Otherwise a mil/moa scope will obviously be agnostic with respect to load or caliber but be way slower having to do ballistics calcs on the fly. Or I guess worst case can just walk up the rounds but I’ve never tried that at 400-600 yards.

    SE Florida ☆ CQBC 2017 ☆ CTT/DA 2017 ☆ CLC 2018

    #54144
    Profile photo of Anonymous
    Inactive

    Used the M16A2 for years with the 20″ Bbl. No trouble carrying it. Maneuverability is fine. Remember that our Grandfathers cleared houses in Italy, France and Germany with M-1 Garands…

    #54153
    Profile photo of Hello Kitty (Craig)hellokitty
    Participant

    Actually barrel length has nothing to do with accuracy. It is merely an effect on velocity. Which gives you more distance. I have a 10.5 inch SBR that is extremely accurate but obviously suffers at distance due to drop off of velocity.

    Its a fine point that you probably know but some get confused on this.

    CTT 1502, NODF 1502, CP 1503, RC 002- Rifleman, FoF x 2, Run and Gun, RS/CTT, CLC, CQBC, Heat 1

    Craig S.

    #54156
    Profile photo of Virgil KaneVirgil Kane
    Participant

    Used the M16A2 for years with the 20″ Bbl. No trouble carrying it. Maneuverability is fine. Remember that our Grandfathers cleared houses in Italy, France and Germany with M-1 Garands…

    A 20″ AR is still a carbine.

    Masters II
    Georgia
    June 2017 Intro CQB, FOF-Team Deplorables
    October 2017 MVT South - CTT/DA
    March 2018 DCH

    #54163
    Profile photo of Support Sideffhounddog
    Participant

    I’ve been thinking of getting a 12.5 SBR to go with my 3 10.5s and my 8 inch SBR. I Have set up a few 16 inch carbines andnI still have one A2 and a MK12 sitting there. I shoot suppressed a lot now. I’ve cleared houses with 14.5, 11.5, and 20 inchers. I like The 11.5 for house work but I’m issued I was just a M9 in my current job, Battalion commander, so in my current command I kept 20 M16a2s for all the pistol toters. Said t was for ceremony…

    Support Side. Not flattering but better than weak side.

    #54165
    Profile photo of Anonymous
    Inactive

    Used the M16A2 for years with the 20″ Bbl. No trouble carrying it. Maneuverability is fine. Remember that our Grandfathers cleared houses in Italy, France and Germany with M-1 Garands…

    A 20″ AR is still a carbine.

    No, it’s a rifle, using a rifle-length gas system, and a rifle buffer tube with a rifle buffer.

    #54216
    Profile photo of BrigandActualBrigandActual
    Participant

    IMO, the most practical use of the extra velocity from a 20″ vs shorter barrels is not range. Most of us are not employing ARs at ranges where that difference is important. The real benefit is the flatter trajectory.

    All other things being equal, which they usually aren’t, you an get a better BZO from longer barrels.

    These graphics present a notional idea of what I’m talking about. Pick a range of choice for a zero, and compare how the impacts fall for each boost in velocity.




    I don’t have one for 20″, but I think you get the point. Higher velocity helps keep everything a little tighter. That said, the difference between 16″ and 20″ is not much in a practical sense here.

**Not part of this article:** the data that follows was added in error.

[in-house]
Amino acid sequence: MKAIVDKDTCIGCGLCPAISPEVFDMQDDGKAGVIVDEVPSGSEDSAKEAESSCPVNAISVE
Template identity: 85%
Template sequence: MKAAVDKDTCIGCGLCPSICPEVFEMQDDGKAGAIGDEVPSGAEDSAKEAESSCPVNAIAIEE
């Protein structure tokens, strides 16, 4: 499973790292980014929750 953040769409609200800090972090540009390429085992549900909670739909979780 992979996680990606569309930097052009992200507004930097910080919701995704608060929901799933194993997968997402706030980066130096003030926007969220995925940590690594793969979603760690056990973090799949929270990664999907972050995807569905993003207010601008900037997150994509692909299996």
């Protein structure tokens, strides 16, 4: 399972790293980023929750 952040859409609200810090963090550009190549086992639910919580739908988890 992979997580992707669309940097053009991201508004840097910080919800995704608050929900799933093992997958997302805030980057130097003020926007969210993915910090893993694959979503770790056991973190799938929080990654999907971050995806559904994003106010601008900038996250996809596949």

Keep in mind, these examples are for impact only. They say nothing of terminal effect. But, as Max said, shoot them more often.

    This chart is an illustration of initial velocity as a barrel was cut down one inch at a time. The red line indicates the point where M855 will no longer reliably produce maximum terminal effect (basically…you’re poking .22 in things).

    What does this mean in a practical sense? Starting faster means the bullet stays more lethal for longer. If I plug the velocity numbers from the graphics above into a ballistic calculator and use the 2500 fps number for M855’s terminal performance envelope, I end up up with the following ‘Maximum Terminal Range’ estimates

    10.5″ SBR: 25 yards
    14.5″ M4: 105 yards
    16″ standard civvy: 130 yards
    20″ gov’t: 200 yards

    "Man is still the first weapon of war" - Field Marshal Montgomery

    Matt B - VA

    #56717
    Profile photo of HitsCountHitsCount
    Participant

    Some calculations I ran through a ballistics calc awhile ago are below. All numbers are for M193. Frag velocity is calculated at 2700 FPS. 600 ft-lbs is around what a pistol delivers. If you run MK262 you can likely add a bit to the below ranges (at least 50 yards).

    Barrel Length: 20″
    Fragmentation Range (2700 FPS): 150 yards
    600 Ft Lbs Range (2250 FPS): 275 yards
    Trans-sonic Range (1116 FPS): 725 yards

    Barrel Length: 18″
    Fragmentation Range (2700 FPS): 125 yards
    600 Ft Lbs Range (2250 FPS): 250+ yards
    Trans-sonic Range (1116 FPS): 700+ yards

    Barrel Length: 16″
    Fragmentation Range (2700 FPS): 100 yards
    600 Ft Lbs Range (2250 FPS): 225+ yards
    Trans-sonic Range (1116 FPS): 675+ yards

    Barrel Length: 14.5″
    Fragmentation Range (2700 FPS): 90 yards
    600 Ft Lbs Range (2250 FPS): 225 yards
    Trans-sonic Range (1116 FPS): 650+ yards

    Barrel Length: 10.5″
    Fragmentation Range (2700 FPS): 10 yards (45 yards)*
    600 Ft Lbs Range (2250 FPS): 150 yards (180 yards)*
    Trans-sonic Range (1116 FPS): 570+ yards (625 yards)*

    If you want some sort of “designated marksman” type AR I personally prefer the 18″ over the 20″. The 2″ shorter makes a noticeable difference in handling. That said 16″ or even 14.5″ with a pin & weld FH works just fine for most foreseeable applications. I’m not a fan of SBRs under 11.5″ or 12″ in length — as you can see the 10.5″ SBR pretty much mandates MK262 to get useful effects at any reasonable distance. Going from 10.5″ to 12″ or 14.5″ makes a big difference for velocity.